This Washington Post article describes the significance of exercising with music, specifically in terms of beats per minute or BPM. The tempo of the music is said to cause a change in the tempo of the exercise.

Whether it’s keeping a running pace or finishing the last reps of a weight-lifting routine, listening to music helps to synchronize your mind and your body to the rhythm of the music.

Carl Foster, director of the Human Performance Laboratory at the University of Wisconsin at Lacrosse, describes the important process as a metronome. He acknowledges that keeping the beat dates as far back as to the Roman rowers keeping pace of their rows by a drumbeat.

I have played competitive soccer for something like 18 years and I really enjoy staying active by running. Running is enjoyable for me but I’m not the best at it. Each year during pre-season my coach gives us a fitness test which includes running 2 miles at a specific pace. I train all summer and I never feel prepared for the test unless I put a specific 2-mile song on repeat. I have found that if my foot hits the ground in cadence with the tempo of the music, I can complete the run in just the right amount of time. (Shout-out to Chris Brown’s Look At Me Now for helping finish my 2-mile in less than 14 minutes)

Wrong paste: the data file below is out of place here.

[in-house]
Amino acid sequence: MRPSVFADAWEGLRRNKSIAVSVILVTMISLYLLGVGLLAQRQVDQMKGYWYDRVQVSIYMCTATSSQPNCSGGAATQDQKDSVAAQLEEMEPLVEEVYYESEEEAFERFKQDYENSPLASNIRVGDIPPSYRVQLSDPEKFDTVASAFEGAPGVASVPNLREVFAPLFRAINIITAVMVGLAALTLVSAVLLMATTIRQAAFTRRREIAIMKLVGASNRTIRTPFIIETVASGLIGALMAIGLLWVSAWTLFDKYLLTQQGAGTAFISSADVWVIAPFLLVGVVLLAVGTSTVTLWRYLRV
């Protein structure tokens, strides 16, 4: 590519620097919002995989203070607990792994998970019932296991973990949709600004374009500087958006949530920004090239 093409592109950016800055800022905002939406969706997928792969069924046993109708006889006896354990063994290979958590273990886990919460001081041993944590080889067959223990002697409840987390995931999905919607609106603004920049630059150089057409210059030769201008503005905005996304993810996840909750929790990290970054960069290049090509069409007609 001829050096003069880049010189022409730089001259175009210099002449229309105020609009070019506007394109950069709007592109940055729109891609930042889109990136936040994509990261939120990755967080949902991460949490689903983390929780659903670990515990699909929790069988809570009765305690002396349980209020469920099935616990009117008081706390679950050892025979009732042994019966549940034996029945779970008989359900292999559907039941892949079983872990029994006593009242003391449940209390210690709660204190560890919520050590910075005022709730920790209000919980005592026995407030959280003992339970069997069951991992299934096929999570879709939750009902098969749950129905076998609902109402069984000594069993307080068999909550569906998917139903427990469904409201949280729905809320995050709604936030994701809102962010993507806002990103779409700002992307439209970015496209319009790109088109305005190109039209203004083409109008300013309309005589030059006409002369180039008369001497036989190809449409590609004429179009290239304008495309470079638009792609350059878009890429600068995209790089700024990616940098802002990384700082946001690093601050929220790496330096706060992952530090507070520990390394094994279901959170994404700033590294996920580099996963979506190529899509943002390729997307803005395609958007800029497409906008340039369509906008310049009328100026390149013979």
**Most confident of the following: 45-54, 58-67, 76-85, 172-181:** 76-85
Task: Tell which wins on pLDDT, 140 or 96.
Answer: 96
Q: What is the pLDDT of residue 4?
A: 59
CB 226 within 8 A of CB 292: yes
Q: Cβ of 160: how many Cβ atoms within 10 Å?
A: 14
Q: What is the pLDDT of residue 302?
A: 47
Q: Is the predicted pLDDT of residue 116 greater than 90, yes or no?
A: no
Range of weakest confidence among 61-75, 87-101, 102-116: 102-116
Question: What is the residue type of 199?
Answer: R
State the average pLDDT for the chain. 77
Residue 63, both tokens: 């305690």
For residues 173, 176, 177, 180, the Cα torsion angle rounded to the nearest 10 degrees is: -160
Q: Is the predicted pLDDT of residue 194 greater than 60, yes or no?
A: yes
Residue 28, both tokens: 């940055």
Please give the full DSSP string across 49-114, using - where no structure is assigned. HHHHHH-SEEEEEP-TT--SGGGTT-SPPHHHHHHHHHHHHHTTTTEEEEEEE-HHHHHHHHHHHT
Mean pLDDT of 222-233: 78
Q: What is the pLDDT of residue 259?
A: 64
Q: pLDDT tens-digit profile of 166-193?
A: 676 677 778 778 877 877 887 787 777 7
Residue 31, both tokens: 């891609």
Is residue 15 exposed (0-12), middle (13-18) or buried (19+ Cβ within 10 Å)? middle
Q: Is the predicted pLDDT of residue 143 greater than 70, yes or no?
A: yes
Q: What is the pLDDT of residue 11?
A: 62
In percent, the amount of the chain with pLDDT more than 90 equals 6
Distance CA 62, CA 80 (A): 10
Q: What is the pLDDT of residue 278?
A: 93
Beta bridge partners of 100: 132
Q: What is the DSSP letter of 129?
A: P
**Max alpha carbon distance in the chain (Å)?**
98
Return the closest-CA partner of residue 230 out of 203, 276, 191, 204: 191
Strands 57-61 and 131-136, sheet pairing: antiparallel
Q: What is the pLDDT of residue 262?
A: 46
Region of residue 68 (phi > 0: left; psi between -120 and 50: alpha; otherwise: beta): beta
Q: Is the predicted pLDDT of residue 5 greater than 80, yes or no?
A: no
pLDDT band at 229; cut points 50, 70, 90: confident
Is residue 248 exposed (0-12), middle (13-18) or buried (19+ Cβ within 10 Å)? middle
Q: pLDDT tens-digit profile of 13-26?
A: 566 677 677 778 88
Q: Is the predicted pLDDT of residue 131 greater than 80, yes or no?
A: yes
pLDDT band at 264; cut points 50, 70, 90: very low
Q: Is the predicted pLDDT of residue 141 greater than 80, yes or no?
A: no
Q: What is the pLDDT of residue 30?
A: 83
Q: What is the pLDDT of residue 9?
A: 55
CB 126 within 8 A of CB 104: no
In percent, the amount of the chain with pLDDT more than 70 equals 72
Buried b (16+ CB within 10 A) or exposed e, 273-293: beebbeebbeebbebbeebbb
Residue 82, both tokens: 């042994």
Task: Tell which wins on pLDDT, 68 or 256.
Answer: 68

Proof that it works? Maybe not scientifically, but I’m not a bad primary source.

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Music doesn’t just help keep a tempo, however, it’s also good for the mind. This slideshow from the Huffington Post describes 11 health benefits of music. Some of the items on the list include music’s ability to:

– Reduce stress and anxiety

– Boost heart health

– Help memory

– Protect your ears’ sound-processing abilities

– Soothe pain

– Improve stroke recovery

It’s important to keep in mind that all music isn’t suitable music for every occasion. Certain music may cause distraction or raise stress levels depending on its context.

Here is a link to another article that does a good job breaking down the different benefits and effects of listening to music – Health benefits of music

Why was I so bummed about one silly workout session without music? Because it helps fuel my energy, and your energy too. Music has been scientifically linked to increased physical performance and energy. The synchronization of mind and body make for a positive meditative experience. Instead of being distracted by details, music helps to create a focus during workouts.